Natural Art: The Photography of Brad Hill

Pushing the Limits!

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In the Field

Z 9 Testing - Pushing the Limits! Findlay Creek Region (East Kootenays), British Columbia, Canada. Dec 16, 2021.

This is my third gallery post and commentary conveying my experiences with shooting wildlife and other wild-acting subjects using the Nikon Z 9. In late November of 2021 Nikon was generous enough to send me a late-production Nikon Z 9 and a production version of the Nikkor 100-400mm f4.5-5.6S lens for testing purposes. They put no constraints on what I did with the camera or what I said about it.

When I'm not in the field shooting wildlife I put in a huge amount of time testing, poking, and prodding cameras and lenses. I do this to test the limits of what I CAN do with a camera when I'm faced with tough conditions. So I can predict how the gear will react when the chips are down. And that's precisely what I was doing when I captured this image - pushing the limits.

You WON'T hear me claim this is a great image. But it was a highly USEFUL image for me to shoot. The testing conditions? Action shots (shutter speed 1/1600 sec) of a VERY fast dog (Marley!) in low, flat light using a Nikon Z 9 paired with a Nikon 500mm f5.6E PF plus TC-14EIII (1.4x) TC connected using a FTZ adapter - and captured at ISO 8000. Experienced shooters will know this is basically a perfect recipe for a crappy, very noisy shot with limited tonal range and little detail (and likely with most shots in the sequence quite out-of-focus!). But hey...if you don't push the limits once in awhile you'll never know what your gear will do!

The result? Well...not a wall hanger...but way, way, better than I had any reason to expect! In previous testing I knew the Z 9 plus 500mm PF combo offered great autofocus performance. Oh...and to those still insisting that F-mount lenses don't focus well on Z-bodies with FTZ're flat-out wrong - they focus just fine! But I had assumed that adding the TC-14EIII (1.4x) TC would hamper the AF to the point where it wouldn't be able to keep up with Marley in full flight. Wrong...the whole sequence was one sharp shot after another!

In terms of the ISO performance...well in my's a pretty darned good result for ISO 8000 (you should check out the 4800 pixel image below to see what you think of it). YES, I used a specialized noise reduction tool (Topaz DeNoise) to tame the visible noise, but the original file retained good tonal range (note the light-on-white detail in the snow) and the color is just fine.

My own take-home lessons from this shooting session? Well...the Z 9's 3D-Tracking with subject recognition autofocus continues to work really well (and it's still very fast) when TC's are added to long telephoto lenses, even if you throw a FTZ adapter into the mix (not that it matters, but in this case the adapter was a FTZ II). And the Z 9 gives you easily enough high ISO performance for the vast majority of shooting situations. On that note, on the processing side I am finding the same thing with the high ISO shots of the Z 9 as I did with the Z 7II - I can get absolutely acceptable results up to ISO 6400 when using selective noise reduction in Capture One Pro. Above that there are instances (depending on scene type) where I can get slightly better results if I use Topaz DeNoise AI.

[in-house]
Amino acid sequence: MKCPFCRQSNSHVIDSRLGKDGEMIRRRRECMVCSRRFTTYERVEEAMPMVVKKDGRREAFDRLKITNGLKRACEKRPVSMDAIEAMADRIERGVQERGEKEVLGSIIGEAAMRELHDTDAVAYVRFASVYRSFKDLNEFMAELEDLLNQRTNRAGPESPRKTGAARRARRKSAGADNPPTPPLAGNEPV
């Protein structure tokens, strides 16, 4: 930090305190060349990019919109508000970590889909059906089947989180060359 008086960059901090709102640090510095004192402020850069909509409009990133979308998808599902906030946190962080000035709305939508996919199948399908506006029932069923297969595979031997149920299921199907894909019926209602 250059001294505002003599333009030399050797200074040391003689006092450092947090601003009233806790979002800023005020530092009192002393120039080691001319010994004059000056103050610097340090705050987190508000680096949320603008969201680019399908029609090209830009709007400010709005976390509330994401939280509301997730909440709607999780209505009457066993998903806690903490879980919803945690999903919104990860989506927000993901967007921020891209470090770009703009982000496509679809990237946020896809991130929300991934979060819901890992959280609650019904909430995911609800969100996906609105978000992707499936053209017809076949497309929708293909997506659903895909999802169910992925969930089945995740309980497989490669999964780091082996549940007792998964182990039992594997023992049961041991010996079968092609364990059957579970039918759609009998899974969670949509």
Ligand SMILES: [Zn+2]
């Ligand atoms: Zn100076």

Here's a larger version (4800 pixel) of Marley doing her thing for your scrutiny:

Pushing the Limits! Download 4800 pixel image (JPEG: 4.2 MB)


1. This image - in all resolutions - is protected by copyright. I'm fine with personal uses of them (including use as desktop backgrounds or screensavers on your own computer), but unauthorized commercial use of the image is prohibited by law. Thanks in advance for respecting my copyright!

2. Like all photographs on this website, this image was captured following the strict ethical guidelines described in The Wildlife FIRST! Principles of Photographer Conduct. I encourage all wildlife photographers to always put the welfare of their subjects above the value of their photographs.

Behind the Camera

Z 9 Testing - Pushing the Limits! Findlay Creek Region (East Kootenays), British Columbia, Canada. Dec 16, 2021.

Lossless compressed RAW (NEF); ISO 8000.

Nikon Z 9 with Nikkor 500mm f5.6E PF plus TC-14EIII (1.4x) TC (total focal length of 700mm). Hand-held. VR on in Sport mode. 3D-Tracking area AF area mode with subject recognition on (in Auto mode).

1/1600s @ f5.6; +0.33 stop compensation from matrix-metered exposure setting.

At the Computer

Z 9 Testing - Pushing the Limits! Findlay Creek Region (East Kootenays), British Columbia, Canada. Dec 16, 2021.

RAW Conversion to 16-bit PSD file (and JPEG files for web use), including all global and selective adjustments, using Phase One's Capture One Pro 22. Global adjustments on this image were limited to tweaks to the brightness (mid-tone exposure), highlights and contrast (using a levels adjustment). Selective local adjustments performed using Capture One Pro's layers and masking tools. In this case selective adjustments were made on 4 separate layers and included one or more tweaks to whites, highlights, clarity (mid-tone contrast) and shadow detail.

Photoshop modifications were limited to the insertion of the watermark and/or text.


Z 9 Testing - Pushing the Limits! Findlay Creek Region (East Kootenays), British Columbia, Canada. Dec 16, 2021.

Species Status in Canada*: This species is DEFINITELY NOT designated as at risk. ;-)